Trump has behaved similarly with Special Counsel Robert Mueller. After playing it cool and refusing to comment on the Special Counsel’s investigation for months, Trump has begun lashing out at Mueller and the probe that has indicted 25 Russians and logged several guilty pleas. This morning, he tweeted, “This is a terrible situation and Attorney General Jeff Sessions should stop this Rigged Witch Hunt right now, before it continues to stain our country any further. Bob Mueller is totally conflicted, and his 17 Angry Democrats that are doing his dirty work are a disgrace to USA!”

He has reshuffled his staff of defense lawyers working on the Russian investigation several times and is spending millions of dollars raised for his re-election campaign to pay for them.His frustration with the press provides another window into how he’s handling things now that he can’t simply write a check or hand over a bagful of cash. He can't buy-off the media, so he has railed against reporters again and again as the "enemy of the people."  Most recently, he arranged a private meeting in the White House with New York Times publisher A.G Sulzberger and Editorial Page editor James Bennet. The meeting, which apparently was cordial, was supposedly off the record, and no news of it leaked from either the White House or the Times until Trump tweeted his displeasure on Sunday morning.

“Had a very good and interesting meeting at the White House with A.G. Sulzberger, Publisher of the New York Times. Spent much time talking about the vast amounts of Fake News being put out by the media & how that Fake News has morphed into phrase, ‘Enemy of the People.’ Sad!"

Apart from the fact that Trump is the one who “morphed” his criticism of the media into the “enemy of the people,” his tweet reflects his obsession with what he can’t control. Apparently unhappy with the coverage he received from the Times after his private meeting, Trump could keep it secret no longer and lashed out.

Sulzberger lashed right back with a five paragraph statement recounting how he had told Trump that his attacks on the media were “not just divisive but increasingly dangerous.”

“I warned that this inflammatory language is contributing to a rise in threats against journalists and will lead to violence,” Sulzberger said. He told Trump that dictatorial regimes abroad were using Trump’s language about “fake news” and “enemy of the people” to justify “sweeping crackdowns on journalists.”

Trump responded with a four-tweet attack on the New York Times and the “Amazon” Washington Post. “Very unpatriotic!” Trump tweeted. “Freedom of the press also comes with a responsibility to report the news accurately.”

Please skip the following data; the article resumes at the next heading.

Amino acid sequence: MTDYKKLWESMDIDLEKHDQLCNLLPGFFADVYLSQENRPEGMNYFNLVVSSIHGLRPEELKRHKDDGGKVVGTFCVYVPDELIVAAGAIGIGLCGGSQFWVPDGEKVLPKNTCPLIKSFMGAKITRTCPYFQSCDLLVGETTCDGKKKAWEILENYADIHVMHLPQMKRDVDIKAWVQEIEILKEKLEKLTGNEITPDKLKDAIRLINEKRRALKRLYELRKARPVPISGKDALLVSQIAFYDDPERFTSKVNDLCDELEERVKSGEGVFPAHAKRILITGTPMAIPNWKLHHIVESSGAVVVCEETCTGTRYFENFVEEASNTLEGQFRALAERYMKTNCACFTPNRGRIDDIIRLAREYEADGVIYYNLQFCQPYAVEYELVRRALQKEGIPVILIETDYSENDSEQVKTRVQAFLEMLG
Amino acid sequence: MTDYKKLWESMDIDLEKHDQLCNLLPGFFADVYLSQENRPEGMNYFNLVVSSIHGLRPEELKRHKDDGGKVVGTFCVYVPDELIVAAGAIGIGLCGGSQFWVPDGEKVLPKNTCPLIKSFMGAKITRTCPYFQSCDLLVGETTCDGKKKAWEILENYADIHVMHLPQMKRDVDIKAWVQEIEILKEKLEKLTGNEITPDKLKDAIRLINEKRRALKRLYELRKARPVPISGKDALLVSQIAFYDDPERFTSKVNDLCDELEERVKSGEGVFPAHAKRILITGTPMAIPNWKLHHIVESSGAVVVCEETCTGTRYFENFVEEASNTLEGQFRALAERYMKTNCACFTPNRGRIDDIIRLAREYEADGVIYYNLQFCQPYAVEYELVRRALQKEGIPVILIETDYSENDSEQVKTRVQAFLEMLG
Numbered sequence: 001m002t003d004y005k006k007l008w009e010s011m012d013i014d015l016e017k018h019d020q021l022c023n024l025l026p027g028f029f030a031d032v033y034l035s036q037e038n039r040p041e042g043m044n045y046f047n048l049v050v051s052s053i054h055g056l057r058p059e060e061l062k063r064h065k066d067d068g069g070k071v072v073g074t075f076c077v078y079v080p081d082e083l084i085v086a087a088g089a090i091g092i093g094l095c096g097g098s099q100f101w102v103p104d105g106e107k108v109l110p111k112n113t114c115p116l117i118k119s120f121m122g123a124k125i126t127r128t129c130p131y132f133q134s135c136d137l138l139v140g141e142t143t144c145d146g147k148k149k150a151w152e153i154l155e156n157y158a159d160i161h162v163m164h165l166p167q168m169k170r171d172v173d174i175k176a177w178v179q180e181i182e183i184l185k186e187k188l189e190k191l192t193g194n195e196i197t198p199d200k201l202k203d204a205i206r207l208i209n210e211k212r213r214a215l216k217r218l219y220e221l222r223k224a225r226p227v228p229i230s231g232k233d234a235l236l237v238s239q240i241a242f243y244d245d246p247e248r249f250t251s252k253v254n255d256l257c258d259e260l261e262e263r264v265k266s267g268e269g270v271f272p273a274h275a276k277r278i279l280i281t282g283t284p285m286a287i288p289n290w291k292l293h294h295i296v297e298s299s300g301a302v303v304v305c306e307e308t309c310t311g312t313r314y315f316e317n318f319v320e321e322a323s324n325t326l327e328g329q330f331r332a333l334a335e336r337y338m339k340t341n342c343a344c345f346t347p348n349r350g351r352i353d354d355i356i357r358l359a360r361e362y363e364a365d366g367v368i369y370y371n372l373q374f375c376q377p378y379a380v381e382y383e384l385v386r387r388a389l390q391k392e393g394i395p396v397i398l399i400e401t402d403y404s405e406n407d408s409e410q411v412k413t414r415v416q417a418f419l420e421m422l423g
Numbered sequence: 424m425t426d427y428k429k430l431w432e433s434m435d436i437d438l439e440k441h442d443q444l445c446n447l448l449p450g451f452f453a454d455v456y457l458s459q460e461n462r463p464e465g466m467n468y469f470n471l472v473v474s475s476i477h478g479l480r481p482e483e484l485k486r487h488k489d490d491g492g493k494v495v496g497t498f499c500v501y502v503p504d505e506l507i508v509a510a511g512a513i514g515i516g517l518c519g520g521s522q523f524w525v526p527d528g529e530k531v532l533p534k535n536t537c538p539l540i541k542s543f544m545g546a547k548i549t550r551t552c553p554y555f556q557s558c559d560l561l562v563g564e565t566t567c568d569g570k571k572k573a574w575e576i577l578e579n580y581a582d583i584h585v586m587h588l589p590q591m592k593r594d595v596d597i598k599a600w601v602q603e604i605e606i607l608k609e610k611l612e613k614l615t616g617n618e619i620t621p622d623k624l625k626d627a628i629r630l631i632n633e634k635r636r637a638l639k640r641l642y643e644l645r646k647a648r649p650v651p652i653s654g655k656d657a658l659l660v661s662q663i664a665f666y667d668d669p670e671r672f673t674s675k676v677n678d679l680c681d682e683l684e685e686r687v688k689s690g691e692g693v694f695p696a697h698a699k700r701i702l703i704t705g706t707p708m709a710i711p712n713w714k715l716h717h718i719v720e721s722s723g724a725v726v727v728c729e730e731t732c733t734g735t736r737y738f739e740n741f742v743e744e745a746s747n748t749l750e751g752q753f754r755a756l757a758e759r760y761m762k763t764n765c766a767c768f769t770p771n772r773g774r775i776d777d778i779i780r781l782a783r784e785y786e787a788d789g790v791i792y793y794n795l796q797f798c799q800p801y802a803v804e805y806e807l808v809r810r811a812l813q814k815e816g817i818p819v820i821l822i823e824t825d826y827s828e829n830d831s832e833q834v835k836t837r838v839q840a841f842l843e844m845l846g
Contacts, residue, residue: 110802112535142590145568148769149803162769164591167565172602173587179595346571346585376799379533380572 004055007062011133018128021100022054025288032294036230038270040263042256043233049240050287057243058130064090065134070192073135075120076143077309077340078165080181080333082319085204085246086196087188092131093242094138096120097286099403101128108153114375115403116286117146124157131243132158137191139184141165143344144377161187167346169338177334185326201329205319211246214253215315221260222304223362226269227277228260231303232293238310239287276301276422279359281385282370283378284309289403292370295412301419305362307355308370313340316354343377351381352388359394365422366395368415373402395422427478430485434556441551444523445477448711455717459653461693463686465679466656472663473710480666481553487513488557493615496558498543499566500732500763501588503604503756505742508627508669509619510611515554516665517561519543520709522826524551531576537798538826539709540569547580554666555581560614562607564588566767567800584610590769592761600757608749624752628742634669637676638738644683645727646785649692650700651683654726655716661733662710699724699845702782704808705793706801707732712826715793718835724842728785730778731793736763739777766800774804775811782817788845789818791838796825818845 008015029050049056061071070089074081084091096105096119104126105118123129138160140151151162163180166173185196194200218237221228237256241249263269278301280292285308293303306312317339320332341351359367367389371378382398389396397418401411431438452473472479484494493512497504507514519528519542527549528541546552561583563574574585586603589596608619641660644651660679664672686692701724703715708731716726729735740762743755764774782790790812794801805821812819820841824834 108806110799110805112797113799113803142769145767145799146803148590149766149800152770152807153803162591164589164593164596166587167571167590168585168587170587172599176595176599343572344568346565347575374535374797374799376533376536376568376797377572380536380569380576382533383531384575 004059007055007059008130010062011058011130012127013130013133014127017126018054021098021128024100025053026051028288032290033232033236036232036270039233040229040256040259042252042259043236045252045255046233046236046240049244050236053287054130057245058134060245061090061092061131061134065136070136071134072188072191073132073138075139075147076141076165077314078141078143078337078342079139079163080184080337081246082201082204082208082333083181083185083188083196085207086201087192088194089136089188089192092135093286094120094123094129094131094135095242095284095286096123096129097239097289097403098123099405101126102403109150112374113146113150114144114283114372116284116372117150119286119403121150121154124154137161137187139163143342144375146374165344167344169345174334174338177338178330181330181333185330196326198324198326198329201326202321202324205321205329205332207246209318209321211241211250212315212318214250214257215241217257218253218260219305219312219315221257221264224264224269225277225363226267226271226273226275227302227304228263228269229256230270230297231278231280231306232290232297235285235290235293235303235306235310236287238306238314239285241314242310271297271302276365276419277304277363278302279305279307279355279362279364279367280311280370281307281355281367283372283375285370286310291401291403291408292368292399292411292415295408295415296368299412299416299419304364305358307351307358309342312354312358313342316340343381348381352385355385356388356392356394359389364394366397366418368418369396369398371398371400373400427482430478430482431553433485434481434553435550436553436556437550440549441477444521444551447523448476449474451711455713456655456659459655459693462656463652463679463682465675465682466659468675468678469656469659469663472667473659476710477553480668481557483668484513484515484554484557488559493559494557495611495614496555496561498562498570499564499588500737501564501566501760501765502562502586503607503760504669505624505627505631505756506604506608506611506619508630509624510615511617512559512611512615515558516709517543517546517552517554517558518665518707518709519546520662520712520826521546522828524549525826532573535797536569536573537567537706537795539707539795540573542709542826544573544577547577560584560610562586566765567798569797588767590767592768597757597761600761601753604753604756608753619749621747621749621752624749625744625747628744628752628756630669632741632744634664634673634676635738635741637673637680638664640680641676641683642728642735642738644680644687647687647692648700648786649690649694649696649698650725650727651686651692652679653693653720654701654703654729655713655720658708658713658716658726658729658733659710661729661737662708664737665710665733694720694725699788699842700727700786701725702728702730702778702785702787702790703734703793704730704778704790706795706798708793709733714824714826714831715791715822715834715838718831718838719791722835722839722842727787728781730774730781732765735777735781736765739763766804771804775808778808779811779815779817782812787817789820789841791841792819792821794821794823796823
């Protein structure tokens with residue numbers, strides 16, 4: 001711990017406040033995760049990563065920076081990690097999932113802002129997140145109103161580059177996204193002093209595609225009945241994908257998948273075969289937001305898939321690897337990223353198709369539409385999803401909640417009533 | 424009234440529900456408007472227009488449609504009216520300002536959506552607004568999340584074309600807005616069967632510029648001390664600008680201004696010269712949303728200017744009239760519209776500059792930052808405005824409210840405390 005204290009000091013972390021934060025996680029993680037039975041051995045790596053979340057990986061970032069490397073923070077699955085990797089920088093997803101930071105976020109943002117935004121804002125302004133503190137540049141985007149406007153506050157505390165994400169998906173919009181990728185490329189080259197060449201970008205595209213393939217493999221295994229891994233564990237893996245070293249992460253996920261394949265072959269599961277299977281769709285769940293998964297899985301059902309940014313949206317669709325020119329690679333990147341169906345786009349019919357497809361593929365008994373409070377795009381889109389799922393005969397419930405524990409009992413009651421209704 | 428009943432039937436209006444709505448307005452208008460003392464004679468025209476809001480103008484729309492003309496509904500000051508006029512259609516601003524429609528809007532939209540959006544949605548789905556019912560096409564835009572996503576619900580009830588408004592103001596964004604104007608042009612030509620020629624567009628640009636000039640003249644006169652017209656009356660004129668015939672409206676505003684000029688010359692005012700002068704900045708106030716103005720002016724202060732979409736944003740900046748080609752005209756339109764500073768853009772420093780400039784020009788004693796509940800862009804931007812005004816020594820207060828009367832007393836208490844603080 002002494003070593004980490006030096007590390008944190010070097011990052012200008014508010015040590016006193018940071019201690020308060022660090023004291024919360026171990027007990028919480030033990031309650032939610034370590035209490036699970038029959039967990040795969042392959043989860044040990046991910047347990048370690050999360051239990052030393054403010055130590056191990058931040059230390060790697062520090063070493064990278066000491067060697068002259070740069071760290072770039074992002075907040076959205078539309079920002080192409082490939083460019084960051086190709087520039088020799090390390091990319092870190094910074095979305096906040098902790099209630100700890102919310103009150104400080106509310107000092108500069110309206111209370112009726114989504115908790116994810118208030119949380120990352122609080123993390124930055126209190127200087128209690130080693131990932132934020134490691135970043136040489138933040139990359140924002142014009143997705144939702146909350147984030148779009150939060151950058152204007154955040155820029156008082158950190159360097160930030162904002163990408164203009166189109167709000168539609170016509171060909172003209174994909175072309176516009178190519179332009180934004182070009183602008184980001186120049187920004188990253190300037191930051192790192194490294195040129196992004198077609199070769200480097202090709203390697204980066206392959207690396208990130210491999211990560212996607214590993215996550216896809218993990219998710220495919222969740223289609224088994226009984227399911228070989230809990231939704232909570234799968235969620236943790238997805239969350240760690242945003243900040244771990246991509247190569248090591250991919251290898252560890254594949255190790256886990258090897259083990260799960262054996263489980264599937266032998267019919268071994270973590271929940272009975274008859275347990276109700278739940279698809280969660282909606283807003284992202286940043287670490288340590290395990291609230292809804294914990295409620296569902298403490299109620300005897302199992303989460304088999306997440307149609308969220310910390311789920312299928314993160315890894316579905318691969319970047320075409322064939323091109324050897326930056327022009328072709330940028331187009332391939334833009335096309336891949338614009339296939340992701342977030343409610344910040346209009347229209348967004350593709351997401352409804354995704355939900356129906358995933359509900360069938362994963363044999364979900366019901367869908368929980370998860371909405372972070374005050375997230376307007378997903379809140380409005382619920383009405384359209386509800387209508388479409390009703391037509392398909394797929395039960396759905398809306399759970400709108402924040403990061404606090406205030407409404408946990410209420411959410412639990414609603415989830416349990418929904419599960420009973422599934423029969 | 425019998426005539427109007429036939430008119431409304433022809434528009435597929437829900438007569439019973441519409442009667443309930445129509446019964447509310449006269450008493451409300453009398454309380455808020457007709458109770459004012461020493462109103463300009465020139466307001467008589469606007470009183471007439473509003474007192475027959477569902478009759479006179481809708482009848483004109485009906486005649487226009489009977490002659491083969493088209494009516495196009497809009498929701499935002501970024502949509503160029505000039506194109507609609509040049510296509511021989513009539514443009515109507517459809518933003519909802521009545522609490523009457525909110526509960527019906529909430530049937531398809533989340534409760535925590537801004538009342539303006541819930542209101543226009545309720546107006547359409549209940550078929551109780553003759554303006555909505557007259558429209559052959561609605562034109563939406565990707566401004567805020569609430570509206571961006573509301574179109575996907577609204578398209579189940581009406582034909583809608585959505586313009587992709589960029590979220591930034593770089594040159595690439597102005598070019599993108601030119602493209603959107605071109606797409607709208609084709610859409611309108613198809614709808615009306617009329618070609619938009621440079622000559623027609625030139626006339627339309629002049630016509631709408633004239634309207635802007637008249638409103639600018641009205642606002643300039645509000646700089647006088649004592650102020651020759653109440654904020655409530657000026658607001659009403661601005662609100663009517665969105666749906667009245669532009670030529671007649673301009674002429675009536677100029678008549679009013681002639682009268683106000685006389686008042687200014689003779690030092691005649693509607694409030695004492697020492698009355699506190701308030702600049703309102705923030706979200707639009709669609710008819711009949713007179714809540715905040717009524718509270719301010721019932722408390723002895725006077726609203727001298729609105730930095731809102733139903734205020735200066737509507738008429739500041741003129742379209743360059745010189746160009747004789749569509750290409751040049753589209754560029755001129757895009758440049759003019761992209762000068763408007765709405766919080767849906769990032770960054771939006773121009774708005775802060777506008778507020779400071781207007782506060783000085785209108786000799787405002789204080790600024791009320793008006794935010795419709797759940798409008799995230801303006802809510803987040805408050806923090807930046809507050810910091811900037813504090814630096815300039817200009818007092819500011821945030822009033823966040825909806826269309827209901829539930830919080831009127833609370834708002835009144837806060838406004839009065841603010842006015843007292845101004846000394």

Trump understands power only when it can be exercised with money and fear. He’s a man who has spent more than four decades giving orders and sitting back while they were carried out and throwing money at problems, whether they were wearing skirts or not.

Now he sits in the most powerful office in the world and not even his own White House staff will listen to him. More than 50 White House or administration employees have either been fired or forced out since Trump took office. North Korea hasn’t denuclearized and is working on new missiles. Russia hasn’t left Ukraine or let Crimea go. The Iranians won’t even agree to sit down with him. The Oval Office, it turns out, isn’t the same as Trump Tower.

Trump hates what he can't buy-off with money or control with threats and fear. He is behaving more and more like a fascist because it comes naturally to him, and because he is driven crazy by democracy.

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By Lucian K. Truscott IV

Lucian K. Truscott IV, a graduate of West Point, has had a 50-year career as a journalist, novelist and screenwriter. He has covered stories such as Watergate, the Stonewall riots and wars in Lebanon, Iraq and Afghanistan. He is also the author of five bestselling novels and several unsuccessful motion pictures. He has three children, lives in rural Pennsylvania and spends his time Worrying About the State of Our Nation and madly scribbling in a so-far fruitless attempt to Make Things Better. You can read his daily columns at and follow him on Twitter @LucianKTruscott and on Facebook at Lucian K. Truscott IV.